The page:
Ghostbusters Summer: Geek Monthly interviews Proton Charging

A few months back I was contacted by Ghostbusters fan and PC reader Gordon Holmes with some general questions about Ghostbusters and running a Ghostbusters site. The pay-off is that a couple of solid quotes and a plug for ended up in this month’s Geek Monthly Magazine article on the Ghostbusters (the whole 25 years between the movie and the game) – I’m in there with Harold Ramis and Ernie Hudson. This wasn’t on my bucket list, but I’ve added it, just so I can cross it off.

Here’s the thing though – Gordon, like all magazine writers, writes months in advance of publication, so space is approximate. Could be room for a little or a lot. So, I did what I always did. I rambled. And it’d be a shame to see all that go so waste, so as it essentially covers mi vida busta for the last 15 years, and most of it ultimately wasn’t used, why not share it here as part of Ghostbusters Summer. And for the love of Venkman, if you’re not reading Geek Monthly, why not? If nothing else, I’m in it! More than average!

GH: Well, I spoke to Hudson and Ramis, now it’s time to hear from the real Ghostbusters expert…

PC: I also answer to “the extreme Ghostbusters expert.” That’s a little GB brand humour there. Very little.

GH: How/when did get started?

PC: Depends on how you count – Proton Charging came together pretty much as soon as I got my grubby hands on my University internet account, which was this brand new thing they were doing at the time. It was limited to online chat and newsgroups, but once they started giving students web server space, that’s when things officially took off. And then a few years later I got myself a domain. So, if you go by the start of the site, it’s been 14 years. If you go by the domain, it’s been 10.

Looking back at what I just said, “when” turns out to be very boring. How is slightly more interesting. I wanted to learn this HTML stuff everyone was talking about, and kind of got it, but needed to put it into practice, and rather than it being a chore, I opted to try it on something I loved, which was Ghostbusters. It helped that there were only a couple of other Ghostbuster sites at the time, most notably The Ghostbusters Homepage, retired years back.

And viola, here we are – still a fanboy, still active.

GH: How big is the Ghostbusters online community?

PC: That is very hard to say. There’s no good measuring stick. I get a lot of readers a month, and growing. And then there are other community sites, and they have lots of registered visitors for their messageboards – no idea how much unregistered traffic they get on top of that, but I’m sure it’s considerable. Then there are other people who are online, doing their Ghostbusters thing, and I’ve realized over the years all these fans don’t entirely overlap. Only a small core group visits all the sites all the time. And there are a lot of fans that don’t visit any of them.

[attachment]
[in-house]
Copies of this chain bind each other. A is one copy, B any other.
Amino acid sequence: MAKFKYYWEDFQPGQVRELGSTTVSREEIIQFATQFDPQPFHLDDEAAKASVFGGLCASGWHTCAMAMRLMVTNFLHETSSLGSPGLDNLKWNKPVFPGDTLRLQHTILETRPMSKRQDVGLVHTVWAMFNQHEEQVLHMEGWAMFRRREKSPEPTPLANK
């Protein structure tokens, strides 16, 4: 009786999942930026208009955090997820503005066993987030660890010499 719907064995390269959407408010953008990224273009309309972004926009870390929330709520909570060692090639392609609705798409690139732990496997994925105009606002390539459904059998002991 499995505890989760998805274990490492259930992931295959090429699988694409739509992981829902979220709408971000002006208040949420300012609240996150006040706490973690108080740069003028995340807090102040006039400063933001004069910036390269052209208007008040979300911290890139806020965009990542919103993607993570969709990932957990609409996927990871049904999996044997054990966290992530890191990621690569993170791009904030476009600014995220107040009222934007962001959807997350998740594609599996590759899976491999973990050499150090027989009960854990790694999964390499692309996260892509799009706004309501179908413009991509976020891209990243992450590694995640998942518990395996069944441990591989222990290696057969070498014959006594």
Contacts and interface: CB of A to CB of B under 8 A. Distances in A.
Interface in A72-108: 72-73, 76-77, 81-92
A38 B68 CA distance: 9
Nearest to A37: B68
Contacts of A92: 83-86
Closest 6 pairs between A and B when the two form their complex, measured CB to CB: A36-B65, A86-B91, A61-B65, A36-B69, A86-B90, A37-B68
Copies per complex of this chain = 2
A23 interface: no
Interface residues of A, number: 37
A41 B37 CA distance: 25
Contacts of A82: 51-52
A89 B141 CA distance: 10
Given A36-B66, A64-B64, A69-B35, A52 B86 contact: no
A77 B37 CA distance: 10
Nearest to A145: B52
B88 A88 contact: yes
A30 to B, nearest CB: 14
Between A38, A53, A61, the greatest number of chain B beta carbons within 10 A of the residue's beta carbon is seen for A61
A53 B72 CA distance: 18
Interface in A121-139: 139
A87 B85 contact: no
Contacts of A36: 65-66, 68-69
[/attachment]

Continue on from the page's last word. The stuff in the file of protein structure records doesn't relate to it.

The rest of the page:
I guess if you wanted to come up with a number for the hardcores, you’d go by the people who took the time to sign up on the key messageboards at or But I prefer to look at things like two dozen dudes showing up at Comic Con in full gear – that’s comparable to the guys showing up in Stormtrooper gear. Or looking at Twitter – for everyone person following me @protoncharging, there are hundreds of others who aren’t following me tweeting “I’m watching Ghostbusters” or “I just introduced my nephew to Ghostbusters” or making quotes and references. Search Twitter for “ghostbusters” and you’ll see a couple of times a day, someone goes “Who ya gonna call?” and a handful reply. To a certain degree, everyone is a Ghostbusters fan.

The story goes that the video game got the go ahead because Sony commissioned a brand marketing study, and not counting religious symbols, the most recognizable logo in the entire world was Coke. The second most was Ghostbusters. I’d like to teach the world to sing… the Ghostbusers theme.

GH: What was site traffic/fan interest like back when Ghostbusters was considered a “dead brand?”

PC: It was pretty slow – in the early days of Proton Charging I would make up features. I’d write a whole post about how I taped the movie audio to cassette to listen to while traveling. There – that’s something to talk about for awhile.

News was fairly slim, and kind of a mixed bag. Like, Dan Aykroyd would make a cameo as Ray in Casper, then the next year, Universal Studios would close the Ghostbusters Spooktacular – so, it was really a sad, lonely time for the hardcores. When the movie got its first release on DVD it was pretty exciting, but then at the same time, some fans were regularly looking into the Ecto-1 that was used at Universal and cataloging its slow deterioration. As a fandom, it could have died and collapsed back in on itself if it wasn’t for a couple of hundred regular ghostheads keeping the faith, bolstered by the odd cookie, like Extreme Ghostbusters or Toyfare magazine featuring a custom-made Venkman 12″ doll, to keep things chugging along.

GH: What was keeping the fans satiated during the “dead brand” period?